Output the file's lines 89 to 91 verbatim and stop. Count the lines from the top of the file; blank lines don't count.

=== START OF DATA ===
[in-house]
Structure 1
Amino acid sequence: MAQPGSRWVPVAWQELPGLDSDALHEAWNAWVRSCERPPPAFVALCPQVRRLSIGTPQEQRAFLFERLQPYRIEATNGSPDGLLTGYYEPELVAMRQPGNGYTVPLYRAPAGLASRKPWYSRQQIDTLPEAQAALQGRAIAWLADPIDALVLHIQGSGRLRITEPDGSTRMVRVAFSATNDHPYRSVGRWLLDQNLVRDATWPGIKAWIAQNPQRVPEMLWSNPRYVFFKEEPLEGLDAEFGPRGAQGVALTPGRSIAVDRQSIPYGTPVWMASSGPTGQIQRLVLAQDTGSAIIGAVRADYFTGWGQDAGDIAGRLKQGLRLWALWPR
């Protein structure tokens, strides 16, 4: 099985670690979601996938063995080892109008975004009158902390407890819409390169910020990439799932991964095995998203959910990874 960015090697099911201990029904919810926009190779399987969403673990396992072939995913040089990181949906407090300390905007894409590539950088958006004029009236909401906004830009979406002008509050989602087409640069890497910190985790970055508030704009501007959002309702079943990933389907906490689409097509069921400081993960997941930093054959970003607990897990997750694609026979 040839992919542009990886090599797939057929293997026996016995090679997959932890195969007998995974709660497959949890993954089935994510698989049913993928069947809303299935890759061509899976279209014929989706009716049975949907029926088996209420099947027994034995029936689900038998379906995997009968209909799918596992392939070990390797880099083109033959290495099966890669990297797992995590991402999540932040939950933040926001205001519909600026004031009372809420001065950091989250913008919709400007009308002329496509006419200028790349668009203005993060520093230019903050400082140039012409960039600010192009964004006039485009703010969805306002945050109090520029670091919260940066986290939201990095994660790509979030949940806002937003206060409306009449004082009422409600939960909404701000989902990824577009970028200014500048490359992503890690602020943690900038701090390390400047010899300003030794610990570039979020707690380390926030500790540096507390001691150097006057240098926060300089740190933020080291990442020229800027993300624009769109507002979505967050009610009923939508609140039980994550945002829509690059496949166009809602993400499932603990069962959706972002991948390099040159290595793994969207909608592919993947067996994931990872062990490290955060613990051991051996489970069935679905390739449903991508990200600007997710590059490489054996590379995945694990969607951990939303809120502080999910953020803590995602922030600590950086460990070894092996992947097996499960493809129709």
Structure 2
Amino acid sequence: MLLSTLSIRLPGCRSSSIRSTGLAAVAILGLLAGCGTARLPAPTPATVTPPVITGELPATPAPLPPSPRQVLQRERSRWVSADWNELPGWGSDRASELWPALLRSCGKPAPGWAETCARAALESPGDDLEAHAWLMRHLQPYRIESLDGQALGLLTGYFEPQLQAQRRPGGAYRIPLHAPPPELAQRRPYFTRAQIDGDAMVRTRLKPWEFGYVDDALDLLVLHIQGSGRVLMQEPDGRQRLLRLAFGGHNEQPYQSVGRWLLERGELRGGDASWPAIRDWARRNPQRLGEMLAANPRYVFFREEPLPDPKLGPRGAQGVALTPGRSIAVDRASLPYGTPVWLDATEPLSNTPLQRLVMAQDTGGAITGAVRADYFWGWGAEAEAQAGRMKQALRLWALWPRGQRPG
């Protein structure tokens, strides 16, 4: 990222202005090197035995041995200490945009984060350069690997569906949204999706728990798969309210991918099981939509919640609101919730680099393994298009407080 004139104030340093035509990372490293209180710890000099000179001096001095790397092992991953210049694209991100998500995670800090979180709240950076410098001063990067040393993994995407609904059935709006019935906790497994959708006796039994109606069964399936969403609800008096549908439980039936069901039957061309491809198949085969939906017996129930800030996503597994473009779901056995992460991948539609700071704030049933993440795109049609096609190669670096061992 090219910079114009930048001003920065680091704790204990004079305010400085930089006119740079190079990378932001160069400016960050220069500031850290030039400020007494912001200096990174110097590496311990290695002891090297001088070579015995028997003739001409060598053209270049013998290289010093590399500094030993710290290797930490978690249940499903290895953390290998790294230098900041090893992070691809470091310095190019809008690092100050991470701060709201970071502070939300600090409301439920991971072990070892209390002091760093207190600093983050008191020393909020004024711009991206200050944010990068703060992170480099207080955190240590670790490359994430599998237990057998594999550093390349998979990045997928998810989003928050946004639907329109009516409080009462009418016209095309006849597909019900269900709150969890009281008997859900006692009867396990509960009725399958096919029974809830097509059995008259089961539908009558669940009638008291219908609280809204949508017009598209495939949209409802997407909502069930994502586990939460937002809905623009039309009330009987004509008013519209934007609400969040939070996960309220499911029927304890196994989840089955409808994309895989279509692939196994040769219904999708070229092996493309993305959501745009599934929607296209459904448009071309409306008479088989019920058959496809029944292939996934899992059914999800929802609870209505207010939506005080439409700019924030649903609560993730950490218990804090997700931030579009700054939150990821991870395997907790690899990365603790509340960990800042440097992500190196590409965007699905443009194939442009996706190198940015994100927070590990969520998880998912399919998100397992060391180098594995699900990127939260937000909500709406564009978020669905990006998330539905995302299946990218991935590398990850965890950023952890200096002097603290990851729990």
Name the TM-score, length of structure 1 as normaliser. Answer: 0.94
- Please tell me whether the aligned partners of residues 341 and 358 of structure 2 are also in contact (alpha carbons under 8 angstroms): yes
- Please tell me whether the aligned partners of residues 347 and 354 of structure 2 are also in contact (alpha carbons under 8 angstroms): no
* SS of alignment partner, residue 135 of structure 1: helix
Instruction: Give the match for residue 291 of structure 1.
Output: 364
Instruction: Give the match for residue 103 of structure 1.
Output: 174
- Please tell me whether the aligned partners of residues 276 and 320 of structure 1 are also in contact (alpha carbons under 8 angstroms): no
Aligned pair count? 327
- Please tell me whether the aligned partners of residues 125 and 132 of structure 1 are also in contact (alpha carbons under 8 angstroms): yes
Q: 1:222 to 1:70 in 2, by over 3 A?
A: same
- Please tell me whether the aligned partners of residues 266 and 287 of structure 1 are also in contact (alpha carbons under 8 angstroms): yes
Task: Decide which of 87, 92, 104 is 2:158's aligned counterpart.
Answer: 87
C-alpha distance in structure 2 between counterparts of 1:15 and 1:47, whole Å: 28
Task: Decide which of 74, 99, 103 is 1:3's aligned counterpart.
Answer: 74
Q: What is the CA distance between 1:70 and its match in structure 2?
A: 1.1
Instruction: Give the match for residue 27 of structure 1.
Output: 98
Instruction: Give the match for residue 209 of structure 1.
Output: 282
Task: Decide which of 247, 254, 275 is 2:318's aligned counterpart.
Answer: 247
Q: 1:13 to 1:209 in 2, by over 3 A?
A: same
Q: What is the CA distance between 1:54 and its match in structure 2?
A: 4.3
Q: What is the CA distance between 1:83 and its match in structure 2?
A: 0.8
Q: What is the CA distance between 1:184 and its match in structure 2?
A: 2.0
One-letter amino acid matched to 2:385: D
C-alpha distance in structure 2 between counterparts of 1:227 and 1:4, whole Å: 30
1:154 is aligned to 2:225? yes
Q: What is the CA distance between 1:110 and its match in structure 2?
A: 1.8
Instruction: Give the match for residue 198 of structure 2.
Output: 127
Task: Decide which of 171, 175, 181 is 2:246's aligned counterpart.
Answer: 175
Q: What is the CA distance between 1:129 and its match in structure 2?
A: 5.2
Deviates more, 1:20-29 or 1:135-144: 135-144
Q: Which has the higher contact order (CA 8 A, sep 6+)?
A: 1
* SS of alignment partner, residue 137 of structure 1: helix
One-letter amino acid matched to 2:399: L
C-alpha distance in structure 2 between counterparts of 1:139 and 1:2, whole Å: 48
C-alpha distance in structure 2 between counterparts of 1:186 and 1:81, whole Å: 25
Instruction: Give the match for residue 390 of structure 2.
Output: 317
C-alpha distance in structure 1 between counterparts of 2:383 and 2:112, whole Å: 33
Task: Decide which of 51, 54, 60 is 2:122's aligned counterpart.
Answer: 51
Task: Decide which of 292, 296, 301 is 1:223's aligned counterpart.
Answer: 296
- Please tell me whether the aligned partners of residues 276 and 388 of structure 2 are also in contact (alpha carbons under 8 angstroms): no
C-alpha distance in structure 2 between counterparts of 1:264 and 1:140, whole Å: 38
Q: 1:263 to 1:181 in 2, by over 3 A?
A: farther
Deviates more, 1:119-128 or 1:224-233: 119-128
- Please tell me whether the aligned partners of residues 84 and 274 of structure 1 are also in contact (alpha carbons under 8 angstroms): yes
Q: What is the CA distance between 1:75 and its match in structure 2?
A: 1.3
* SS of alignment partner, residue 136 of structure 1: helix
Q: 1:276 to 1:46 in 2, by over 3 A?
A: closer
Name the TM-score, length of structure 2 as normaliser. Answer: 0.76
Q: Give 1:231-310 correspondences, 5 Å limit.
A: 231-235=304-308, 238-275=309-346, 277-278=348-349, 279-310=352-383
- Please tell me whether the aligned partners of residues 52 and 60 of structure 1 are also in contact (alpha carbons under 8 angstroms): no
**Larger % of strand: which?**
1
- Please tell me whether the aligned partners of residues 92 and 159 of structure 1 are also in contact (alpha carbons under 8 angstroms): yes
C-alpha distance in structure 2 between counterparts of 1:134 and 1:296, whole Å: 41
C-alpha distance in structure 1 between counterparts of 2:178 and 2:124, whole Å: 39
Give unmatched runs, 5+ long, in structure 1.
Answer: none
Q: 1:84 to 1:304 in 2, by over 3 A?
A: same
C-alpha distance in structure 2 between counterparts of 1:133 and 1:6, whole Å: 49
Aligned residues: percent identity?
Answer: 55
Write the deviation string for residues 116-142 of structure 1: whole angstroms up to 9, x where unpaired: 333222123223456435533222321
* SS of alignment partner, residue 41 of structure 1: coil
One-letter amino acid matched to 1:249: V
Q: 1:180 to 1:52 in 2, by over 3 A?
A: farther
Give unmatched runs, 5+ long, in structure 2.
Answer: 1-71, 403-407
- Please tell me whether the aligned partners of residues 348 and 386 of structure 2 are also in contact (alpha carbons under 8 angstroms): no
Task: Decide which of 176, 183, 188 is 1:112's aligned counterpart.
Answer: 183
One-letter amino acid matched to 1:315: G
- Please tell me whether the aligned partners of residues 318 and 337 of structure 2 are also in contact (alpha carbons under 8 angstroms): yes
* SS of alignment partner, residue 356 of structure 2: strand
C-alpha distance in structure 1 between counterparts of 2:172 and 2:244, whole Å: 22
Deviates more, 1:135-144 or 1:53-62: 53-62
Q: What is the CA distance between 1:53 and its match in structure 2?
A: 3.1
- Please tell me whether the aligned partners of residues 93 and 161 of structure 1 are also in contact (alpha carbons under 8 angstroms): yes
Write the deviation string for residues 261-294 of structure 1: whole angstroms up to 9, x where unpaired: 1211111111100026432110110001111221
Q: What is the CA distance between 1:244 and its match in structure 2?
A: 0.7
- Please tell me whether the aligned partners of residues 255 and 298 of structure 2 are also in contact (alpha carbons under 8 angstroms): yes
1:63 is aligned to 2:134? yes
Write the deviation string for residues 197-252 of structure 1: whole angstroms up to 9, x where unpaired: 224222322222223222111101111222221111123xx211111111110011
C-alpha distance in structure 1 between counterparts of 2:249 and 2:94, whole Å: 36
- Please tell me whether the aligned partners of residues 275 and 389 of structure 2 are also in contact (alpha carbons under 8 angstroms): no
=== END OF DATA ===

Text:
Answer: none
Q: 1:84 to 1:304 in 2, by over 3 A?
A: same